The phone rang. It was my niece. Let’s call her . . .oh, let’s say, Hannah. That might actually be her name.
So this is our ritual—she calls me almost daily, usually around 6 PM, with that day’s problem or question. In fact, now if a day or two goes by and she doesn’t call me, I’m worried. And if I’m not home, she worries—because where would I possibly be? I don’t have a life. She never thinks to try my cell–which is good—because—Oh-My-God—what if I didn’t call or text her back? I mean, I’d obviously have my cell with me, right? I mean if I did go out? So she’d probably call my daughters and husband, and then the police. Because that’s the way we are. We’re chronic worriers, and if there isn’t something to worry or feel anxious about, then we invent something. I rarely call her because she doesn’t ever pick up, and when she does, she automatically thinks it’s an emergency and yells, “WHAT’S WRONG?”
So maybe we’re just a teeny tiny bit neurotic. We’re still loveable. Mostly.
By the way, I’m the calm one. That means I worry quietly.
Anyway, the phone call–
“Are you eating?” “No, I’m making dinner.” “Oh, Ok. I just have to tell you this real fast.” (The phone call will last about 45 minutes.]
“You know—I think you should write a blog post about my phone calls.”
“Wouldn’t it be entertaining?” she asks.
“Well. . .I couldn’t write about everything,” I tell her. She agrees—we wouldn’t want hurt feelings, or libel suits (assuming anyone reads this).
So today’s problem involves some lengthy, crazy emails she’s received—a postscript to yesterday’s call on the same subject. She needs to vent. I groan and laugh over the ridiculous things she tells me.
Secretly—well, I guess it’s not really a secret anymore—I love these phone calls. They bring connection and usually a laugh at the end of the day. My days recently have been spent mainly in front of my computer. Hannah’s phone calls are like a break from reality—although often rooted in family foibles, if not full-out family drama. It’s kind of like I’m suddenly in the middle of a sitcom, or perhaps an episode of Parenthood, her favorite show.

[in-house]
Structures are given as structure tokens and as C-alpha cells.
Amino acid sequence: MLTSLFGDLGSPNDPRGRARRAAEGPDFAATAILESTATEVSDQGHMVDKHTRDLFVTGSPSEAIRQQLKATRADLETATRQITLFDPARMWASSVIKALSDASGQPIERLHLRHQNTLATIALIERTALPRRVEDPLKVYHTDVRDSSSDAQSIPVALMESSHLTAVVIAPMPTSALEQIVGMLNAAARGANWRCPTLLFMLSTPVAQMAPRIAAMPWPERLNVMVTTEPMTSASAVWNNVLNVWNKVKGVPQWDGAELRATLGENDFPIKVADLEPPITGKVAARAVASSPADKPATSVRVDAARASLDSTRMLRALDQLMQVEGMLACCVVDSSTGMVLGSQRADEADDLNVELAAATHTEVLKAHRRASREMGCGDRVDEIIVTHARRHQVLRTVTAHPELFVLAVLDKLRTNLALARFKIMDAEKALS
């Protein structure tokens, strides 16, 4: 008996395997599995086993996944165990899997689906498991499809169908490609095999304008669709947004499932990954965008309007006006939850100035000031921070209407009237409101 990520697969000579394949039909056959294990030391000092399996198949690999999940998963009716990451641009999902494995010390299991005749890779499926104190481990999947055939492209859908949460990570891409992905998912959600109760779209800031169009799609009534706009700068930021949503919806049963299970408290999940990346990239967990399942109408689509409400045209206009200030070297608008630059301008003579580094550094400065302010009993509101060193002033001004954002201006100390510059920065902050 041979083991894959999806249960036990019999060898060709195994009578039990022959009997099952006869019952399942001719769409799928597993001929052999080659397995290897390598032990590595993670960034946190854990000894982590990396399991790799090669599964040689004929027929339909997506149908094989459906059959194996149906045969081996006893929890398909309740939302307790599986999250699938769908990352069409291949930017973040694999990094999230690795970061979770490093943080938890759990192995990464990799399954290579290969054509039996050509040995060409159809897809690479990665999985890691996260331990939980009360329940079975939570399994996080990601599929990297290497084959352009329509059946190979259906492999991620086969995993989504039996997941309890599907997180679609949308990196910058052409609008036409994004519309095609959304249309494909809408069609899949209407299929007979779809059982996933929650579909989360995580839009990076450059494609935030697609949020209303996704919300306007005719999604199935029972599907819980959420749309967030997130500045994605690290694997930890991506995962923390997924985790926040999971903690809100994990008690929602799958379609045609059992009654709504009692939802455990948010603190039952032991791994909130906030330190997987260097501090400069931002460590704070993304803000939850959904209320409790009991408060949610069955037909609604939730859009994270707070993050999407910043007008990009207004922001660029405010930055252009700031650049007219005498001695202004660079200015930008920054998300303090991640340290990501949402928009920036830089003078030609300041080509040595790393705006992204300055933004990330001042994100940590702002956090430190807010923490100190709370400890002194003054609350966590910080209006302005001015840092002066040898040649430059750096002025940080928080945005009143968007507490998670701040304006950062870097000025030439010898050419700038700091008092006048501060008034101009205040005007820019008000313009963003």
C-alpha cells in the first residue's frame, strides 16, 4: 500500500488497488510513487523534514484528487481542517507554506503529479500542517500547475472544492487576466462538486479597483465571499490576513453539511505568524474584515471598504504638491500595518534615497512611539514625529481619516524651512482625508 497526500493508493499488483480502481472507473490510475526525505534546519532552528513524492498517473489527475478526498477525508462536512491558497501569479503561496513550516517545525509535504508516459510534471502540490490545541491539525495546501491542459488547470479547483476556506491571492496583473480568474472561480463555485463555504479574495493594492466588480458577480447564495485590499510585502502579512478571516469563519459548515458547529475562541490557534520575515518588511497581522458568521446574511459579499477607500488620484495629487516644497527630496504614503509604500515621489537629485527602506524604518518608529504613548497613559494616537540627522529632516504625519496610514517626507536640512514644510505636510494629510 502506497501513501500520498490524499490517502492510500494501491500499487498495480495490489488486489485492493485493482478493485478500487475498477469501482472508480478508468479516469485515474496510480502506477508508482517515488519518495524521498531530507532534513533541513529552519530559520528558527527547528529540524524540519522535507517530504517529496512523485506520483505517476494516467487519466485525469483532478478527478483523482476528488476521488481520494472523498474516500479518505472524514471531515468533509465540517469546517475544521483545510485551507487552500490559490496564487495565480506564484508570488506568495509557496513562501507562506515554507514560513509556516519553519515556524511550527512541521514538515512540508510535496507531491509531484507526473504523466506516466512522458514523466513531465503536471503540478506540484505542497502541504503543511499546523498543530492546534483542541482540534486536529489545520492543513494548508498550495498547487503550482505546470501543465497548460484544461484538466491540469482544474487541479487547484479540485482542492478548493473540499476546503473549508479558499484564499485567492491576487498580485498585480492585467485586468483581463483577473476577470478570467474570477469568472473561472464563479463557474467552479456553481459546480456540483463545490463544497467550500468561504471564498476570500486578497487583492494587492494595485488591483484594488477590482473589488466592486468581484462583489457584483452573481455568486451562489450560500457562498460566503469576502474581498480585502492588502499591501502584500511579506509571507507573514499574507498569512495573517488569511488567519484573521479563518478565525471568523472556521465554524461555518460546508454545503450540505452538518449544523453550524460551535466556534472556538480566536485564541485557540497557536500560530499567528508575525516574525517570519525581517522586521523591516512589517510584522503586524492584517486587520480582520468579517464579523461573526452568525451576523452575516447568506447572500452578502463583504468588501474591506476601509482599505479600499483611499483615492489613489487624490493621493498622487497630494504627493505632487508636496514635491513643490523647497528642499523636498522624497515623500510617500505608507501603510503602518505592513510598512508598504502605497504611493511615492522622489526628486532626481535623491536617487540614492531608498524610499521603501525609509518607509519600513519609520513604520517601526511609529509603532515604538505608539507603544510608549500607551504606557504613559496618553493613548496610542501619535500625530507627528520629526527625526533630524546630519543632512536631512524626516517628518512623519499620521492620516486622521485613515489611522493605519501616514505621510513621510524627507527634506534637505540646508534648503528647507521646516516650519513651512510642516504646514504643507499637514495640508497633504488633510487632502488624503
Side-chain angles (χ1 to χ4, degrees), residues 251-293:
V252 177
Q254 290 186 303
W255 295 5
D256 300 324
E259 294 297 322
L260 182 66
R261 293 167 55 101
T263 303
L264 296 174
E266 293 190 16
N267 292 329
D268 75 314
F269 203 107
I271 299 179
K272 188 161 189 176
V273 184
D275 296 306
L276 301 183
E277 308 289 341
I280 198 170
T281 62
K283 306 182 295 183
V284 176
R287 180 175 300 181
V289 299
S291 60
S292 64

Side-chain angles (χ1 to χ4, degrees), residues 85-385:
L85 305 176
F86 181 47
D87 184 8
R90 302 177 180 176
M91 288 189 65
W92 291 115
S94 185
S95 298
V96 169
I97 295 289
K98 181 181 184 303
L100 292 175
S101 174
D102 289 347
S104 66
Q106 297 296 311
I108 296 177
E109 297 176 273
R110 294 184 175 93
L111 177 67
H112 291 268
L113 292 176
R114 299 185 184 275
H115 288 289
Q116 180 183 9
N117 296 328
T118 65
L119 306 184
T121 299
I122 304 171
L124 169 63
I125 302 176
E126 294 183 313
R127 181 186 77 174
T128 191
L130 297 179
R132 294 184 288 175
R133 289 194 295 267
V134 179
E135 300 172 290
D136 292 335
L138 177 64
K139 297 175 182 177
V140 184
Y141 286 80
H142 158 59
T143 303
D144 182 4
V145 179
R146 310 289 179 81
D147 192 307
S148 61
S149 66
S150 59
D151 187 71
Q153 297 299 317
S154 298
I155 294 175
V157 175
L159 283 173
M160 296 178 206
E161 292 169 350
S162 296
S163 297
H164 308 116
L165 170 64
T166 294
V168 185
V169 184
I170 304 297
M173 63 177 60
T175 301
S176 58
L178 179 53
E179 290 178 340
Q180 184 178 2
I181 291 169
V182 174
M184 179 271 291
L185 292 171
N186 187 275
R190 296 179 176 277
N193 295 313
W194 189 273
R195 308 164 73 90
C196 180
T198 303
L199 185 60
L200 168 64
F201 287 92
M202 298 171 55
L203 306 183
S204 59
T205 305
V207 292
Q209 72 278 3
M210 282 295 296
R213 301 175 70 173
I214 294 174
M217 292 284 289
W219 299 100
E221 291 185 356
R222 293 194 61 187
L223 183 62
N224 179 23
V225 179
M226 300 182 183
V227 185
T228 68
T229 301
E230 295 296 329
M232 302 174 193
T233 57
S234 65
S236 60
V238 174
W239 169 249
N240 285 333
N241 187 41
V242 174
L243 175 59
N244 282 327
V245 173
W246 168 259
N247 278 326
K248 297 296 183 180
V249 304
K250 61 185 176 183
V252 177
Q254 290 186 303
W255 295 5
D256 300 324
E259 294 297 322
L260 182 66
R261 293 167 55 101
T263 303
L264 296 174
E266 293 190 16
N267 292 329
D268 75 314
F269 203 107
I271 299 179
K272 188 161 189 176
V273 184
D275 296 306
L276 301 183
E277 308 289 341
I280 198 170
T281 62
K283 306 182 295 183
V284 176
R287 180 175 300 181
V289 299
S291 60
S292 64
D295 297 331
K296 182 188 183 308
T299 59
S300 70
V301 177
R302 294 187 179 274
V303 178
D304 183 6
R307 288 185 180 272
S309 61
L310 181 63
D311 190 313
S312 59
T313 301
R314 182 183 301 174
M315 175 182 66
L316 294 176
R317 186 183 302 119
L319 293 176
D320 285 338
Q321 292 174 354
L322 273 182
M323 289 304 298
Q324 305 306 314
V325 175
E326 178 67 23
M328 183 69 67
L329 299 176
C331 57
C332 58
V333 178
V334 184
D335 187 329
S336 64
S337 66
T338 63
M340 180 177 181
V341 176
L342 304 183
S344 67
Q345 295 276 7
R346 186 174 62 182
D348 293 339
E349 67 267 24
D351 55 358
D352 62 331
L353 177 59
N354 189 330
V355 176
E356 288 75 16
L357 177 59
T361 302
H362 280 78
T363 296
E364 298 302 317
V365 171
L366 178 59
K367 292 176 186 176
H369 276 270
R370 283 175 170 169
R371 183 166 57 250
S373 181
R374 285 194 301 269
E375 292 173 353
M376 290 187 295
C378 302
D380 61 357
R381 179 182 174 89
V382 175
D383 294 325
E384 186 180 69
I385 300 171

She warns me not to tell her any spoilers. Usually I’m the one who’s behind. We want to live in a Parenthood family compound, the one that I guess no longer exists on that show either, because there, too, life moves on, houses get sold, couples grow apart or together, family members get sick, and children grow up.
But back to the phone call. We discuss her oldest child growing up.
She called to him the other day, “Is that you?” “No,” he replied, “It’s the foreign exchange student.” Twelve-year-olds have their own sense of humor.
We discuss how much wine might be needed for Thanksgiving. It may require a lot.
“I have a new favorite cocktail,” she tells me. Unfortunately, it doesn’t seem doable for Thanksgiving. But some other time. . .
Hannah’s husband calls to her, and my dinner is almost ready. “I’ve got to go. Love you,”
“Love you, too.”
I forgot to tell her about the apple cake I made today. The kind she likes. Oh well.
Until tomorrow night then. I’ll be waiting for your call.